I wrote about the loss of local department store chains in 2019 when I was at The Times. You can read that column here. The piece was prompted by news that Boswell & Co in Oxford would close and that the future of Jenners in Edinburgh was in doubt. Jenners did close in 2021. Sadly more closures are likely. In that 2019 piece I flagged that business rates were a problem for department stores because of their size. Harrods and Selfridges were two of the ten biggest payers of business rates in the UK between 2016 and 2021 according to data from Altus. The other taxpayers on that list include Heathrow airport, Sellafield nuclear plant and national infrastructure. The size of a department store is causing problems again in 2023 - this time because of the amount of electricity and gas needed to power and heat them.
Department stores are more than just shops. They are community hubs, where people meet friends and family to eat and drink. I fondly remember family trips to Bulloughs in Carlisle when I was growing up. But that shop closed in 2006. They are also key employers, giving young people their first taste of work.
They make sense for shoppers and brands. They show shoppers the best products available right now and make it easier to buy gifts. In turn, they allow brands to showcase their best products to people who may otherwise not have seen them.
All these factors make department stores key drivers of footfall for town centres. The loss of these shops matters.
But with their strengths come weaknesses. Running shops of this size is expensive, even when energy bills aren’t surging. And a single department store cannot benefit from economies of scale in the way Amazon does, therefore competing on price with the online giant is difficult, if not impossible.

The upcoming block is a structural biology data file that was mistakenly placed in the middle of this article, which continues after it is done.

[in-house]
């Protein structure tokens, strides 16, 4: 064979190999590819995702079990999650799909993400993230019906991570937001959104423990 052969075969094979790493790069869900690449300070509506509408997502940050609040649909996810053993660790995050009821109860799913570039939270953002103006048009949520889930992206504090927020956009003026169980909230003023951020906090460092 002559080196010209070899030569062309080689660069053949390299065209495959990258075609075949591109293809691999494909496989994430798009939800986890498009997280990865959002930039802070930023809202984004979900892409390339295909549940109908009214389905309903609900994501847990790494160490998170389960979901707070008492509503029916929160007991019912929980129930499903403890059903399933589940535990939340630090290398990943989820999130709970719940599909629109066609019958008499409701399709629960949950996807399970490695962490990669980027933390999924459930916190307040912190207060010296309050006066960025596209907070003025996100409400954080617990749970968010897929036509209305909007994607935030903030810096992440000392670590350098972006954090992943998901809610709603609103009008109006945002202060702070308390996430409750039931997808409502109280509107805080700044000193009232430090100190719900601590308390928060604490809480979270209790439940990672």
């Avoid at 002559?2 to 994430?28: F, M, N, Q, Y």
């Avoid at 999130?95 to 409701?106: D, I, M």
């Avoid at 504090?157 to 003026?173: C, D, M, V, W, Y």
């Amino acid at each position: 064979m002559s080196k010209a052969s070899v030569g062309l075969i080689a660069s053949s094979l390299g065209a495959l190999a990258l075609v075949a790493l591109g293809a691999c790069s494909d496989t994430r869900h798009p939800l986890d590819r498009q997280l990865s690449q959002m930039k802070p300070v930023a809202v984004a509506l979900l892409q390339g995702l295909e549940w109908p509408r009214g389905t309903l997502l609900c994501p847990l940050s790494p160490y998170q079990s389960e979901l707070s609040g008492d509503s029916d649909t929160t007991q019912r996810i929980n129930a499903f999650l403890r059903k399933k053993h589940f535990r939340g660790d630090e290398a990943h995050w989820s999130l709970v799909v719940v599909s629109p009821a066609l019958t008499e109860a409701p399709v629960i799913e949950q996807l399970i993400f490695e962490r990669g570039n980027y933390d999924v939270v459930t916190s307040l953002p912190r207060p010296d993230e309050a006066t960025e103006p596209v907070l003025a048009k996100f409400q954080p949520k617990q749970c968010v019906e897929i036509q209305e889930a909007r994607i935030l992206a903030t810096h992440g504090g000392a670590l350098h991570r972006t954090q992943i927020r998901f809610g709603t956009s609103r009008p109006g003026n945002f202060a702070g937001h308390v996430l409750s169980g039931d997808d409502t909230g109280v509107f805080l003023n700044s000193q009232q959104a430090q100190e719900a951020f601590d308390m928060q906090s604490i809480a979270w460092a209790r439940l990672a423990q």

What can be done to help these stores? Should we just leave them to face commercial realities as their energy bills rise? Or should local authorities be empowered to help by, for instance, offering tax discounts on business rates? Free marketeers will say that businesses that cannot generate the sales to survive must be allowed to close. But do any of the areas I have mentioned above think they are better off for these shops closing?
Other stories that matter…
Tesla will reveal its latest quarterly results this week. That means more Elon Musk, questions about Twitter and analysts looking for information on the impact of Tesla cutting its prices by up to 20 per cent. The results will be published on Wednesday evening. Other companies reporting this week include Microsoft, General Electric, Boeing, Comcast - the owner of Sky - Associated British Food - the owner of Primark - JD Wetherspoon and Diageo (Market Watch)